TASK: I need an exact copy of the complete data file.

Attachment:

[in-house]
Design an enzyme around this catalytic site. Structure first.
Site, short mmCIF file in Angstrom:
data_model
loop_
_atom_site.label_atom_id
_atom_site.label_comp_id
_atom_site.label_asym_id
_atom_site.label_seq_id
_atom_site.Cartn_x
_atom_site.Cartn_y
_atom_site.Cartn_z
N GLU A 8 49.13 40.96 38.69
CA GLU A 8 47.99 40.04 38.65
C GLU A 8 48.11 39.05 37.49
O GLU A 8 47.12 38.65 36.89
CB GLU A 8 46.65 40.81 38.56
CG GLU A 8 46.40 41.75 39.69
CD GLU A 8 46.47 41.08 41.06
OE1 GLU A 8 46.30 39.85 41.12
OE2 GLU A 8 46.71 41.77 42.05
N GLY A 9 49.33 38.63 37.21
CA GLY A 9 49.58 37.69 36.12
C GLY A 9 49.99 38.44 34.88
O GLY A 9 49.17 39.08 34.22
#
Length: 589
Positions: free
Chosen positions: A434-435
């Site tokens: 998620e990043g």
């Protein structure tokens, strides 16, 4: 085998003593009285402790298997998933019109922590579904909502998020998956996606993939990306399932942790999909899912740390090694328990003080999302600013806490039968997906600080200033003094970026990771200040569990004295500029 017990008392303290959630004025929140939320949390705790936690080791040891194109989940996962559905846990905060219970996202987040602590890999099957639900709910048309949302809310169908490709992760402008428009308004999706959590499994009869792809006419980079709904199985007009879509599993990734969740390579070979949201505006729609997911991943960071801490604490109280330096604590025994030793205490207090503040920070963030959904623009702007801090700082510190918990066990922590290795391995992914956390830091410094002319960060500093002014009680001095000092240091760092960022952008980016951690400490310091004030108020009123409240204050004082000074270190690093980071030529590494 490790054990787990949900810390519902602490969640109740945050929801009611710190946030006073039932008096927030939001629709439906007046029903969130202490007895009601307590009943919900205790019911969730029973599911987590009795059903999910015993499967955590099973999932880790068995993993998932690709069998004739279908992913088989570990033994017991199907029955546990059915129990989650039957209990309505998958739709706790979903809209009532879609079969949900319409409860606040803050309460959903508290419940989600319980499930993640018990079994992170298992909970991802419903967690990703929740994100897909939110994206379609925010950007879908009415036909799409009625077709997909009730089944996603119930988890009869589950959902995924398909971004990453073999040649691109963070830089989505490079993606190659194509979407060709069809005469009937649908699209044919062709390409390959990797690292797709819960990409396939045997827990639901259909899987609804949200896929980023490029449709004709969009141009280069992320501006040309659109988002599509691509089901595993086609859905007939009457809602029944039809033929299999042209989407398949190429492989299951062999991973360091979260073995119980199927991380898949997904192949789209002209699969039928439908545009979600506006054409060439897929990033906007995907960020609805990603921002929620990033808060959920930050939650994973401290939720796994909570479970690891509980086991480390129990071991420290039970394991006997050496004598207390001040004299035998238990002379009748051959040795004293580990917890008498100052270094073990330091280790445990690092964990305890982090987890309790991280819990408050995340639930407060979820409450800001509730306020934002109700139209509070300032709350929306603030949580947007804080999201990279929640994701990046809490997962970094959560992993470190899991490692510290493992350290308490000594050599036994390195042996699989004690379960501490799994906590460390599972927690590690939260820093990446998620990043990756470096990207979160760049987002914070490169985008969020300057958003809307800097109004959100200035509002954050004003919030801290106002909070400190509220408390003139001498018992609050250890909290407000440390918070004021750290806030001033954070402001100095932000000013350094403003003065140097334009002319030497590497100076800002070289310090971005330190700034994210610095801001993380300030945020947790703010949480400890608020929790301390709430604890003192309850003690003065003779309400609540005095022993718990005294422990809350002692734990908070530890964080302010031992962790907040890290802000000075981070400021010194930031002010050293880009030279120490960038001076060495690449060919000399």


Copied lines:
[in-house]
Design an enzyme around this catalytic site. Structure first.
Site, short mmCIF file in Angstrom:
data_model
loop_
_atom_site.label_atom_id
_atom_site.label_comp_id
_atom_site.label_asym_id
_atom_site.label_seq_id
_atom_site.Cartn_x
_atom_site.Cartn_y
_atom_site.Cartn_z
N GLU A 8 49.13 40.96 38.69
CA GLU A 8 47.99 40.04 38.65
C GLU A 8 48.11 39.05 37.49
O GLU A 8 47.12 38.65 36.89
CB GLU A 8 46.65 40.81 38.56
CG GLU A 8 46.40 41.75 39.69
CD GLU A 8 46.47 41.08 41.06
OE1 GLU A 8 46.30 39.85 41.12
OE2 GLU A 8 46.71 41.77 42.05
N GLY A 9 49.33 38.63 37.21
CA GLY A 9 49.58 37.69 36.12
C GLY A 9 49.99 38.44 34.88
O GLY A 9 49.17 39.08 34.22
#
Length: 589
Positions: free
Chosen positions: A434-435
């Site tokens: 998620e990043g």
């Protein structure tokens, strides 16, 4: 085998003593009285402790298997998933019109922590579904909502998020998956996606993939990306399932942790999909899912740390090694328990003080999302600013806490039968997906600080200033003094970026990771200040569990004295500029 017990008392303290959630004025929140939320949390705790936690080791040891194109989940996962559905846990905060219970996202987040602590890999099957639900709910048309949302809310169908490709992760402008428009308004999706959590499994009869792809006419980079709904199985007009879509599993990734969740390579070979949201505006729609997911991943960071801490604490109280330096604590025994030793205490207090503040920070963030959904623009702007801090700082510190918990066990922590290795391995992914956390830091410094002319960060500093002014009680001095000092240091760092960022952008980016951690400490310091004030108020009123409240204050004082000074270190690093980071030529590494 490790054990787990949900810390519902602490969640109740945050929801009611710190946030006073039932008096927030939001629709439906007046029903969130202490007895009601307590009943919900205790019911969730029973599911987590009795059903999910015993499967955590099973999932880790068995993993998932690709069998004739279908992913088989570990033994017991199907029955546990059915129990989650039957209990309505998958739709706790979903809209009532879609079969949900319409409860606040803050309460959903508290419940989600319980499930993640018990079994992170298992909970991802419903967690990703929740994100897909939110994206379609925010950007879908009415036909799409009625077709997909009730089944996603119930988890009869589950959902995924398909971004990453073999040649691109963070830089989505490079993606190659194509979407060709069809005469009937649908699209044919062709390409390959990797690292797709819960990409396939045997827990639901259909899987609804949200896929980023490029449709004709969009141009280069992320501006040309659109988002599509691509089901595993086609859905007939009457809602029944039809033929299999042209989407398949190429492989299951062999991973360091979260073995119980199927991380898949997904192949789209002209699969039928439908545009979600506006054409060439897929990033906007995907960020609805990603921002929620990033808060959920930050939650994973401290939720796994909570479970690891509980086991480390129990071991420290039970394991006997050496004598207390001040004299035998238990002379009748051959040795004293580990917890008498100052270094073990330091280790445990690092964990305890982090987890309790991280819990408050995340639930407060979820409450800001509730306020934002109700139209509070300032709350929306603030949580947007804080999201990279929640994701990046809490997962970094959560992993470190899991490692510290493992350290308490000594050599036994390195042996699989004690379960501490799994906590460390599972927690590690939260820093990446998620990043990756470096990207979160760049987002914070490169985008969020300057958003809307800097109004959100200035509002954050004003919030801290106002909070400190509220408390003139001498018992609050250890909290407000440390918070004021750290806030001033954070402001100095932000000013350094403003003065140097334009002319030497590497100076800002070289310090971005330190700034994210610095801001993380300030945020947790703010949480400890608020929790301390709430604890003192309850003690003065003779309400609540005095022993718990005294422990809350002692734990908070530890964080302010031992962790907040890290802000000075981070400021010194930031002010050293880009030279120490960038001076060495690449060919000399």